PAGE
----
Why an alternative approach for the Town Council must be the way forward

Last evening, potential independent candidates for the elections to Bradford on Avon Town Council in May met together for the first time. I really hope that a sufficient number can be persuaded to stand to offer a viable alternative to the current offer.

The challenge is to present a sufficiently different agenda to mobilise people’s support away from the status quo of Lib Dem or Conservative.

The search for a different approach is the subject of a new book that I’ve just got hold of, called simply The Alternative. It’s based on a recognition (hope?) that (to quote the blurb) “cooperation among progressive thinkers and doers could reinvigorate politics and inspire a credible alternative to the status quo – that those who want a good society can and must work together – and, by doing so, they can deliver better answers and more inclusive government. The Alternative sets out a base of core values around which progressives can unite, proposes a number of big policy ideas that embody those values and, crucially, explores an urgently needed new form of politics to achieve them”.

The challenges that impact us all, no matter what our age, are highlighted by one of the essayists, The Guardian’s Zoe Williams. She notes that “underneath, something real has changed. Conditions have changed for everybody. All under-25s, excepting those from extremely wealthy families, emerge from education with a life- altering amount of debt. All under-forties, including those who have done everything right, from their hard educational graft to their excellent life choices, are facing housing insecurity and attendant financial pressure”. That has massive implications for them but also for those of us past our 40s.

She continues: “Successful movements are born when conditions, injustices, exigencies emerge that feed into one another and affect, if not everyone, sufficient people at least that the engagement is both communal and personal, not distant and by proxy. I believe that moment has arrived”.

And she concludes: “There must be space created for those who seek genuine change based on their own experiences, not just because they have chosen to engage with the party political process”.

That holds especially true at the level of a town such as Bradford on Avon, as for the country. Few people in the town are engaged in what the Town Council does, mainly because they see it as having little or no relevance to their own concerns – or certainly little ability to change anything.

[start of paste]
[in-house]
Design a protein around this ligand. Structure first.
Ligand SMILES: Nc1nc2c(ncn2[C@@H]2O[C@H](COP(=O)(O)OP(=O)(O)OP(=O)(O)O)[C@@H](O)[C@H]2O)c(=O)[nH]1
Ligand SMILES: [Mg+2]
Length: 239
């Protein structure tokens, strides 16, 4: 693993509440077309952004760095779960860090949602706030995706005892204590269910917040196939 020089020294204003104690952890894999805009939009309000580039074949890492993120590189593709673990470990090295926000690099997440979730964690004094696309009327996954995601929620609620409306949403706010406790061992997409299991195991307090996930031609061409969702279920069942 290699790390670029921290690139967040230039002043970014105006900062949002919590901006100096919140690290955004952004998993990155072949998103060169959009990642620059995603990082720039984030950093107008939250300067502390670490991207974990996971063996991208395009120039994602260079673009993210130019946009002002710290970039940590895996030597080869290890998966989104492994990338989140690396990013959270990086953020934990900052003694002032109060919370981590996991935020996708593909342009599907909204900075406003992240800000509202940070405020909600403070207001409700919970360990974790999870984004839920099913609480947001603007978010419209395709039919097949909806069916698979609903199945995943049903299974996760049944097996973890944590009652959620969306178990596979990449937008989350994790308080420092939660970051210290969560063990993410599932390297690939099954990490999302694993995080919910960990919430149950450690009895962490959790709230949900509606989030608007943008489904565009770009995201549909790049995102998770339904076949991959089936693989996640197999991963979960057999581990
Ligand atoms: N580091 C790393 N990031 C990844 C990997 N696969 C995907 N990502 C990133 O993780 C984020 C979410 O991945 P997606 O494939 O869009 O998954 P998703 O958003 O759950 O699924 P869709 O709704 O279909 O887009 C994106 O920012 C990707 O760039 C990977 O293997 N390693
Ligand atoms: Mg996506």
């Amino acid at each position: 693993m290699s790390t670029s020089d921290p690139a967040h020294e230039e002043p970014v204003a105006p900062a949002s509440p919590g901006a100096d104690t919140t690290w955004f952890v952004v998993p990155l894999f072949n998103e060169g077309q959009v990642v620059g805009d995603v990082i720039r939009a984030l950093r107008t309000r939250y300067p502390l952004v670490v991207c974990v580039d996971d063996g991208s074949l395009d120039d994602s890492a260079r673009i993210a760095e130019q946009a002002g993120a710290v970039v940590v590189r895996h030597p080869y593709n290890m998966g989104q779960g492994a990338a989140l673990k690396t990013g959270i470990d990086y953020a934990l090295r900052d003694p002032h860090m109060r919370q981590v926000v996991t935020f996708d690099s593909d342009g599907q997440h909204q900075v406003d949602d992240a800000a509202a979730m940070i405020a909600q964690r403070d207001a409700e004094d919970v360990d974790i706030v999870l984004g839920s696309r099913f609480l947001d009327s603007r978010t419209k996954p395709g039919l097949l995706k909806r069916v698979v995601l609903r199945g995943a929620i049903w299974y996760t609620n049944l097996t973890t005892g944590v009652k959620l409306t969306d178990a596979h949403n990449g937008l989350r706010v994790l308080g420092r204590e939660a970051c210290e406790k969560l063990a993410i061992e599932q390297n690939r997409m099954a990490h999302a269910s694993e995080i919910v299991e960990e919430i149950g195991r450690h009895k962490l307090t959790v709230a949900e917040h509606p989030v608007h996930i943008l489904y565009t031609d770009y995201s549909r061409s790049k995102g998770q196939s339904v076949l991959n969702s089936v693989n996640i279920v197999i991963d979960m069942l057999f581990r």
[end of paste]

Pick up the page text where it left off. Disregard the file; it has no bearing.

But that is not the case for all councils. Frome is the shining local example of how townspeople can effect change for the better. One of the key drivers behind that change is Mel Usher, one of the new independent town councillors.

This is what he said at the end of Flatpack Democracy, written by Peter Macfadyen, another founder of the Frome independents: “Most of us in Frome don’t want to be passive consumers… Many are searching for greater action and collaboration in public life. We want to encourage them, indeed the more the merrier. Why shouldn’t Frome people ‘do politics’, involving themselves in innovative work to help re-energise the town through identifying hyper local issues of concern and making dynamic changes over issues they care about?”.

We need a council that by virtue of its roots is able to provide the leadership we need for the benefit of everyone in the town. That means working out a strategy for implementing the neighbourhood plan if it is successful in being passed in the referendum. And if the referendum rejects it, we need a council that will pick up the pieces and persevere with a strategy for the future of the town that is soundly based on local needs and aspirations, that is responsive and not in thrall to the interests of one group or another.

This town is rightly celebrated nationally and even internationally. But what makes it great for us and for those visiting needs to be nurtured as it evolves. And it must evolve. We can’t take it back to some mythical paradise. But we can take it forward and use the energy unleashed by a new independent politics to create something new and truly exciting.